A protagonist doesn’t exist in a vacuum.  They are the primary characters with a goal to achieve within the confines of a story and oppositional forces preventing them from reaching that goal.  How they get there, their struggles throughout, and how they change and evolve as the events of the story unfold help to create their Character Arc.  

Now, let’s understand the dynamics of a narrative. There are two main arcs at play: Character Arcs and Story Arcs. These are not separate entities but intricately intertwined.  What unfolds in one directly impacts the other, shaping the story and the main character’s journey. However, these arcs are not straightforward paths. They’re more like a maze, filled with detours, potholes, and dead ends.

That’s because these hazards provide conflict, conflict becomes drama, and drama makes for a compelling story for your character to inhabit and react to.

The Hero’s Journey: An Overview

The main character of any story starts in one place and grows from who they were at the start by the end of the story. This is a common template that writer Joseph Campbell discovered by analyzing myths and legends from various cultures.  What he came up with became known as The Hero’s Journey, and it’s been applied in films like The Wizard of OzStar WarsThe Lion King, and Titanic.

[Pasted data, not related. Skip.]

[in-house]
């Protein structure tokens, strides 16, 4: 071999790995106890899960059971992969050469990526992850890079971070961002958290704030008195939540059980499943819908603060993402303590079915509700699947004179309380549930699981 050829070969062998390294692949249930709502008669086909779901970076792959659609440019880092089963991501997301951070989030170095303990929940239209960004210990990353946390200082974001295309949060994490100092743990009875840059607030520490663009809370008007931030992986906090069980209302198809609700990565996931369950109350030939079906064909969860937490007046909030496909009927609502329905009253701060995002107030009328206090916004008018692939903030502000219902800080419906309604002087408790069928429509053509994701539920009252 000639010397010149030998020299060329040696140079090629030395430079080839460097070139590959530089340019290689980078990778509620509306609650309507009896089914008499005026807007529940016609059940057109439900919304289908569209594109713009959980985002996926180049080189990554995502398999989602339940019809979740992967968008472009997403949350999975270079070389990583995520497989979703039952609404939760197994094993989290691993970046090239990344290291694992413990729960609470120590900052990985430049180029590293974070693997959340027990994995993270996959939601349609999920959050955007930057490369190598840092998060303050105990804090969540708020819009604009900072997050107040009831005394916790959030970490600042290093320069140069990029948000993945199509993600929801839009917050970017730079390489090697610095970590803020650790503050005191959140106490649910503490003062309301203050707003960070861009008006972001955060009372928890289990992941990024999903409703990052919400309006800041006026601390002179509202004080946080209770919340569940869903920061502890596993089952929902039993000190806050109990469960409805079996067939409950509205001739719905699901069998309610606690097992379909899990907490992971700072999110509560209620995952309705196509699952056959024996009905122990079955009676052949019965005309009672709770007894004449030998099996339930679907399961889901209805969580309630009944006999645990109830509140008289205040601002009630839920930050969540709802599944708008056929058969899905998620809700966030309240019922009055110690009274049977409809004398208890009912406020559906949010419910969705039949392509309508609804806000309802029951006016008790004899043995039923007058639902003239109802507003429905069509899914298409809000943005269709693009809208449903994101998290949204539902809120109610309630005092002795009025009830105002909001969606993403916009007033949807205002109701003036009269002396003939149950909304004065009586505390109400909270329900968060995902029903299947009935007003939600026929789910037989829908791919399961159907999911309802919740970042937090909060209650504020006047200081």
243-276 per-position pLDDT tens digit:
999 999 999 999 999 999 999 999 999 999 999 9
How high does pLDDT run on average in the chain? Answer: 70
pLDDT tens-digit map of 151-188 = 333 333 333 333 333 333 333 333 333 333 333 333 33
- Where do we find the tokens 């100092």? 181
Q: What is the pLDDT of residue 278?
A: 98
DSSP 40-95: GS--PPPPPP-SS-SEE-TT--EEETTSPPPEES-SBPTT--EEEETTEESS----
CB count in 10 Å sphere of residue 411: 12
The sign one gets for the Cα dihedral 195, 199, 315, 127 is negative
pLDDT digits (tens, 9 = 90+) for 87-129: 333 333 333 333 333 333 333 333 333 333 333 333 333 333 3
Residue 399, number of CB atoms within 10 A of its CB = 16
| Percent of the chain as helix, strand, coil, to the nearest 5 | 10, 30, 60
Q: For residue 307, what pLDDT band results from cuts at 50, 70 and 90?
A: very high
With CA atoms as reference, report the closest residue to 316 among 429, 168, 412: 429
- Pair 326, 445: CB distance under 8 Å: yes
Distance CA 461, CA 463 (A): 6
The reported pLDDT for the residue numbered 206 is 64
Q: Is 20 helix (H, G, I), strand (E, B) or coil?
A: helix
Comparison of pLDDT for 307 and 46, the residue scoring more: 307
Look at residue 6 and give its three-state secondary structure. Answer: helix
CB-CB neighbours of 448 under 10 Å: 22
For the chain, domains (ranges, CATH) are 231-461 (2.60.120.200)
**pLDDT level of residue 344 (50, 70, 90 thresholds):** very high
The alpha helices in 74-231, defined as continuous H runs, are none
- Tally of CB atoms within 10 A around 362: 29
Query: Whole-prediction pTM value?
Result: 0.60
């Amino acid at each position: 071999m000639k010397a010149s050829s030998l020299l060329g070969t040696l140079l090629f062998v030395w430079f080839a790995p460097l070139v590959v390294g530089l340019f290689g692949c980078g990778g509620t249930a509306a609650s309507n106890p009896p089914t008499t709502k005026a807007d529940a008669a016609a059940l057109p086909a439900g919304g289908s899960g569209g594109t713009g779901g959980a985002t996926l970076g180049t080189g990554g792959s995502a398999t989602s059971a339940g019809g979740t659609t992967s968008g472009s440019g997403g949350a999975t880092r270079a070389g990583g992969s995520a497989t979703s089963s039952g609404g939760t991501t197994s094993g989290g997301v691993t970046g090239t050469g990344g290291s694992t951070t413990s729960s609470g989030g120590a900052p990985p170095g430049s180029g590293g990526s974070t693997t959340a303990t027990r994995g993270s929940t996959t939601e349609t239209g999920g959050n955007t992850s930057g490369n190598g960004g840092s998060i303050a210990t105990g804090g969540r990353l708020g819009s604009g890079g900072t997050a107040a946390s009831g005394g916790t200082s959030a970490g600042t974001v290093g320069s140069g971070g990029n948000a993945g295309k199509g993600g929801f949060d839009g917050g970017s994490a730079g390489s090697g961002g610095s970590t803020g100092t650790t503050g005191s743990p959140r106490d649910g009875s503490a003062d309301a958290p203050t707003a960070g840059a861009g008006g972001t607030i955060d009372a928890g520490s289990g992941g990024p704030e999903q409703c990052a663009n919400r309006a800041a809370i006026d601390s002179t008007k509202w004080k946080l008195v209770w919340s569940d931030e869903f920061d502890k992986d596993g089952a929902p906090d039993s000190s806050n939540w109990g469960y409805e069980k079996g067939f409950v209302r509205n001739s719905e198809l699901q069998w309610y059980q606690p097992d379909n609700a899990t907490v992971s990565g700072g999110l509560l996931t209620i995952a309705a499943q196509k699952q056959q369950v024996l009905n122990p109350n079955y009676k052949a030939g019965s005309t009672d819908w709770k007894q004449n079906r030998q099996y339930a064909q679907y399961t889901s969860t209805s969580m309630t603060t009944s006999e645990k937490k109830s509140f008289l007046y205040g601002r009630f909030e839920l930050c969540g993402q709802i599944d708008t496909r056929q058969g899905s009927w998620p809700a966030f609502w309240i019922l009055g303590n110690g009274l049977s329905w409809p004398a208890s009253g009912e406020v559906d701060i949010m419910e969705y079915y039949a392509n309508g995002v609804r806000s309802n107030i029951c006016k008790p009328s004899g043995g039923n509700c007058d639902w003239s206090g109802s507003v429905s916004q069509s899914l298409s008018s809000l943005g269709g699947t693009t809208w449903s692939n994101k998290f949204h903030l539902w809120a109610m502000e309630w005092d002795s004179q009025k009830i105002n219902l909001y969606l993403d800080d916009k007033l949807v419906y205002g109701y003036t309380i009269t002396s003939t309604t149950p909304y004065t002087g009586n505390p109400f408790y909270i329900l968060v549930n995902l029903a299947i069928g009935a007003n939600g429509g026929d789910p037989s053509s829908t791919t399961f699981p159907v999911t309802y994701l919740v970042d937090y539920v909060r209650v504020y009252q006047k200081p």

Campbell’s Hero’s Journey includes twelve stages: Ordinary WorldCall to Adventure; RefusalMeeting with the MentorCrossing the ThresholdTests, Allies, EnemiesApproach to Inmost CaveOrdealReward (Seizing the Sword)The Road BackResurrection; and Return with the Elixir (Vogler 212) 

In the next post, we’ll explore these further with examples. As you read over the stages, do you recognize them from movies you’ve seen?  Star Wars: A New Hope definitely follows these steps closely. 

The Journey As Character Arc

Author Christopher Vogler uses Campbell’s twelve stages as a “good guide to the steps needed to create a realistic character arc” with the following comparable list: 

1) limited awareness of a problem; 2) increased awareness; 3) reluctance to change; 4) overcoming reluctance; 5) committing to change; 6) experimenting with first change; 7) preparing for big change; 8) attempting big change; 9) consequences of the attempt (improvements and setbacks); 10) rededication to change; 11) final attempt at big change; 12) final mastery of the problem (Vogler 212)

I know it’s a lot of information in a short period of time.  As you dig deeper into how stories are created and how they progress, you’ll begin to recognize these elements as they appear on the screen or the page.  

Western vs Eastern Arcs

While we’re mainly focused on the Westernized version of the Character Arc for this series, another arc used in Asian storytelling has distinct variations and is worth knowing about.  Below is a link to a great article that breaks down both types of storytelling in detail:

Next Time…

We’ll continue our exploration of the protagonist Character Arc with even more examples! 

See you next time! 

Source:

Vogler, Christopher. The Writer’s Journey: Mythic Structure for Writers. Michael Wiese Productions, 1998.

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